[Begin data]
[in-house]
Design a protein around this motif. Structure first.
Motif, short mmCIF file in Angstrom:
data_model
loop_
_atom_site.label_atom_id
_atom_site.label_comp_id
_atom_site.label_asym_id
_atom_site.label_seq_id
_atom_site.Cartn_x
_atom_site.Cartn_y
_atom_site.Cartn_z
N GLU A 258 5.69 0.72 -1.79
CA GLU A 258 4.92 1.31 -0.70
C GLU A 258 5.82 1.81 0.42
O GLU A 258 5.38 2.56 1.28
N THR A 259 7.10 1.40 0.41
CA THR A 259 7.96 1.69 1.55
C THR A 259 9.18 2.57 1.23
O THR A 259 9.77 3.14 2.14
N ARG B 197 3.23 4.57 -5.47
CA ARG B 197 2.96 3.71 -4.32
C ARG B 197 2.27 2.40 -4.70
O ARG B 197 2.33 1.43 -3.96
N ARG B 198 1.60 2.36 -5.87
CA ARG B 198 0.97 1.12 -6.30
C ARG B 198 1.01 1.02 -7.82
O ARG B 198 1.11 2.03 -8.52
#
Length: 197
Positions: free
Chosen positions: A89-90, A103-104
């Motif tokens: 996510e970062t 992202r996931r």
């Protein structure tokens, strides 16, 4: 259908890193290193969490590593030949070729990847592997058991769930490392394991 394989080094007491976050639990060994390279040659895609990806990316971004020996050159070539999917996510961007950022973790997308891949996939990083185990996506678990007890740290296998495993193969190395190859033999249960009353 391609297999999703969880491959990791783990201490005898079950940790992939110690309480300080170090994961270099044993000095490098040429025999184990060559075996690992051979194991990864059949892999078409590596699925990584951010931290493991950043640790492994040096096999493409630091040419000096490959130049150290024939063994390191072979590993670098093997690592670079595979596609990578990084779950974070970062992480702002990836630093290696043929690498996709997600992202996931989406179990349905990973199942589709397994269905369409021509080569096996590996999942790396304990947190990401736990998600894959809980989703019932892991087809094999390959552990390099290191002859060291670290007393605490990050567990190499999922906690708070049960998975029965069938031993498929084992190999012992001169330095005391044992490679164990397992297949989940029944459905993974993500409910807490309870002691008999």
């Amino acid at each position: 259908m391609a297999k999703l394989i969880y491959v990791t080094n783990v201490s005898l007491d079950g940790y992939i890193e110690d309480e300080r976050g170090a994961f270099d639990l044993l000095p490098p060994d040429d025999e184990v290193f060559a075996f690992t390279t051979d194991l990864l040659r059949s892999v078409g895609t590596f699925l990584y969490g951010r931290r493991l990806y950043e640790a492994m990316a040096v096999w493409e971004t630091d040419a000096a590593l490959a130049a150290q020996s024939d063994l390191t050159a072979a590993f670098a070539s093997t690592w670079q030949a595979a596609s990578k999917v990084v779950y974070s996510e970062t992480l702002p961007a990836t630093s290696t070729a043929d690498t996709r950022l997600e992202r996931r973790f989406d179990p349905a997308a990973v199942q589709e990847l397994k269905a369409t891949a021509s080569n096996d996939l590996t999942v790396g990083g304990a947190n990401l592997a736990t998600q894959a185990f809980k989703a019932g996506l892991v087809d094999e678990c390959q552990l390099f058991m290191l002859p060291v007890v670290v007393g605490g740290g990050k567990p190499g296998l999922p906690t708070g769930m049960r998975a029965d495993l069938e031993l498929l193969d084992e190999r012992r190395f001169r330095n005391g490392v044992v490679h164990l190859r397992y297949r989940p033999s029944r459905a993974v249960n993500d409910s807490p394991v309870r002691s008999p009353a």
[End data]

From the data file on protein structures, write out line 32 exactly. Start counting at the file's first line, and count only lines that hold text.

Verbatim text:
Chosen positions: A89-90, A103-104